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Shapiro Administration Launches First-Ever Grant Program to Support Indigent Defense Services in Pennsylvania


Harrisburg, PA - Today, the Pennsylvania Commission on Crime and Delinquency’s (PCCD) Indigent Defense Advisory Committee announced a new noncompetitive, formula-based grant program for improving indigent defense services, which provide legal representation for those who cannot afford it on their own. For the first time in Pennsylvania history, state funding has been appropriated to help ensure public defenders have the resources they need to provide constitutionally required legal defense for adult and juvenile ‘indigent’ defendants.

Until 2023, Pennsylvania was one of only two states in the country that did not provide state funding for indigent defense. Last year, Governor Shapiro secured $7.5 million in the 2023-24 budget as a historic investment of state funding for indigent defense services across the Commonwealth, fulfilling a promise he made to Pennsylvanians during his campaign. The 2024-25 state budget proposes a $2.5 million increase for indigent defense funding— a total of $10 million to be funded through PCCD. 

"Last year, for the first time, we came together to lose the shameful distinction of being one of just two states to invest zero state dollars in public defense and allocated sustainable funding to help meet the needs of public defenders and the poor defendants who rely on them. Under the leadership of Lieutenant Governor Davis and the Indigent Defense Advisory Committee, we are working hard to drive that money out quickly, so counties can put it to work for poor defendants," said Governor Josh Shapiro. "We need to do more to build equity in our criminal justice system, but it's critically important that we start here - with sustained, dedicated funding for public defenders. The time to invest is right now. That's why my budget invests another $10 million in our public defenders this year to ensure that everyone has a fair shot - and that both sides have an adequate opportunity to present a strong case in court."

Since its inaugural meeting in February, the Indigent Defense Advisory Committee has worked quickly to get these critical funds out to Pennsylvania counties, collecting data from stakeholders and committee members on funding priorities and creating a funding framework and grant program to support local indigent defense services. During the data collection process, over three quarters of stakeholders surveyed by PCCD – including public defender offices, court-appointed and conflict counsel, and county court administrators – said that personnel-related costs were the most urgent funding need and priority.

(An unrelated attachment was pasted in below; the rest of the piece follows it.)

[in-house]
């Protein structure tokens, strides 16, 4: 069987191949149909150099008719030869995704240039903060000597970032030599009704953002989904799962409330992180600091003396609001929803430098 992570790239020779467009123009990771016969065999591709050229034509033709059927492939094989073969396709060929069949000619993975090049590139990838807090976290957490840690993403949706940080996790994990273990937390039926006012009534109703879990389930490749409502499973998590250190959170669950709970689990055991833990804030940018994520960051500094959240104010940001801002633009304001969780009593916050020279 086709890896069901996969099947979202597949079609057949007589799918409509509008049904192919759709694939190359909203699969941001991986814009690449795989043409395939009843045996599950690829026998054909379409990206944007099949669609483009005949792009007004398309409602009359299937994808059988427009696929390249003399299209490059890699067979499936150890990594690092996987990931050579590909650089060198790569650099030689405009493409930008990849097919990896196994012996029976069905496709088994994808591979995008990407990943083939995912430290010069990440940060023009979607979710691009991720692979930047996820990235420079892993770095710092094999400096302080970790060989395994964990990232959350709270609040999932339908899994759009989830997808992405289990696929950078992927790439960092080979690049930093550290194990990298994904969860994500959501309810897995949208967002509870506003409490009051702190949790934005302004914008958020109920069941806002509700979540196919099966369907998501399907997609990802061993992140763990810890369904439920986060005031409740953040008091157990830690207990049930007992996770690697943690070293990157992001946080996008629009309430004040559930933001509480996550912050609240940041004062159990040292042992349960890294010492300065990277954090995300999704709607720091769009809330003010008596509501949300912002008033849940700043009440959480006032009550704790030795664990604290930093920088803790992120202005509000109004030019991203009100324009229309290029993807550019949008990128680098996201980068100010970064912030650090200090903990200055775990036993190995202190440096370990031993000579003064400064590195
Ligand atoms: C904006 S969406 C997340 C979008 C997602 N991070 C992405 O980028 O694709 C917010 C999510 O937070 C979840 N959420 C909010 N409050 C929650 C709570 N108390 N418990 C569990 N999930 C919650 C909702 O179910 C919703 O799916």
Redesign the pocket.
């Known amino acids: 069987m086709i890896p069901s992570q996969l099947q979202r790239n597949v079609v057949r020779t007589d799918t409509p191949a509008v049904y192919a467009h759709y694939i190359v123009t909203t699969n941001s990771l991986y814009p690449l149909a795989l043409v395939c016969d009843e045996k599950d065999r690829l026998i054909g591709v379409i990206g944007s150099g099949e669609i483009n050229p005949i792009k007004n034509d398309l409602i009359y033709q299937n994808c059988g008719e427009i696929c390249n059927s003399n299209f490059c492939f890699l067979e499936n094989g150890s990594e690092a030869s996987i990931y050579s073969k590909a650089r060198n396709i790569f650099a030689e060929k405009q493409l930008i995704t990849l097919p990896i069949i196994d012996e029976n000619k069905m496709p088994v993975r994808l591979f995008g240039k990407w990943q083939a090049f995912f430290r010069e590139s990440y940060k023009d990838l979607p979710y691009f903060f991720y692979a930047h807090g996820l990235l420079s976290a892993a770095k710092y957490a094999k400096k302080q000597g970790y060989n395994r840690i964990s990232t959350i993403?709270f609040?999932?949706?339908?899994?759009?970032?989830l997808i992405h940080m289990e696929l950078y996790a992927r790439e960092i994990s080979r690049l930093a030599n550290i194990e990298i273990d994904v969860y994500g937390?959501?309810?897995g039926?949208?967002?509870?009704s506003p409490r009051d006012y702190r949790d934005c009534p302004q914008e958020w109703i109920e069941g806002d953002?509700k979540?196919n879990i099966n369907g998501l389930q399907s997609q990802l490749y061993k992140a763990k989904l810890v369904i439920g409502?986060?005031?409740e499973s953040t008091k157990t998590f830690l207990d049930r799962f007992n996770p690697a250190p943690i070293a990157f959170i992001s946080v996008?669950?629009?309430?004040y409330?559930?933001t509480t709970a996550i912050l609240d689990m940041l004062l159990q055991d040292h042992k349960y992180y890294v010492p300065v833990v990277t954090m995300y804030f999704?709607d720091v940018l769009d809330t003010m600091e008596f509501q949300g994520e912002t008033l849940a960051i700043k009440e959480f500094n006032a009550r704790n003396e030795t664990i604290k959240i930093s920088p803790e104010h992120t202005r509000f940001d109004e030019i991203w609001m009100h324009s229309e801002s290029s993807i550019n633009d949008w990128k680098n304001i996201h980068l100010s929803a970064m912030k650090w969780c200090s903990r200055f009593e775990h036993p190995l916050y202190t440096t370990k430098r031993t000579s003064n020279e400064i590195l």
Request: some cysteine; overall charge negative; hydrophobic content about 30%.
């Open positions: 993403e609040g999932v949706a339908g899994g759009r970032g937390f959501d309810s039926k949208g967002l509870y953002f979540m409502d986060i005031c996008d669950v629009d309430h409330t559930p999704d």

“Pennsylvania public defenders are doing important work, but they’re often underpaid and overburdened with huge case loads,” said Lt. Gov. Austin Davis. “That’s why it’s crucial for the Commonwealth, for the first time, to step up and help shoulder the burden of funding indigent defense, so that every Pennsylvanian has access to justice.”

 The Indigent Defense Grant Program will provide grants to all Pennsylvania counties for the improvement of local indigent defense services aligned with initial standards approved by the Committee, with $6.75 million available in this first round of funding. The goal of this new grant program is to improve the capacity and effectiveness of indigent defense services in Pennsylvania through efforts to recruit and retain staff; improve data collection and reporting capacity; obtain necessary training, professional development, and technical assistance; and fill any other gaps identified by the county, in consultation with indigent defense service providers.  

All 67 Pennsylvania counties are eligible to apply with expectation that subawards be utilized to support the public defender office, non-profit corporations that serve as the county-wide provider of indigent defense services, and/or court-appointed counsel. Grant funding can be used for a variety of expenses to improve the provision of indigent defense services, including: 

  • Salaries and benefits for full- or part-time staff;
  • Efforts to recruit, promote, and/or retain staff;
  • Efforts to improve data collection and reporting capacity;
  • Training and professional development expenses for staff, including costs associated with consultants and/or travel;
  • Obtaining technical assistance to improve delivery of indigent defense services, including supports related to data collection/analysis/reporting, professional development, organizational development, etc.;
  • Travel/transportation expenses;
  • Supplies and equipment; and/or
  • Any other costs associated with gaps/needs identified by county, in consultation with those providing services, necessary to improve capacity and effectiveness.

Applications under this non-competitive solicitation are due through PCCD’s Egrants system by Thursday, May 23, 2024. Questions about the new grant program and/or the application process should be forwarded to with “2023-24 Indigent Defense Grant Program” in the subject line. Applicants can find more information on funding requirements and how to apply on PCCD’s active funding announcements webpage.

Act 34 of 2023 established the Indigent Defense Advisory Committee within PCCD. The committee is tasked with a number of duties and responsibilities under the law, including the development of standards, training, and related professional development resources for attorneys representing indigent defendants; county- and state-level data collection and analysis; preparation of biennial reports; and the approval and disbursement of grants under the Indigent Defense Grant Program.

Visit the PCCD website to stay up to date on the latest news related to the Indigent Defense Advisory Committee.


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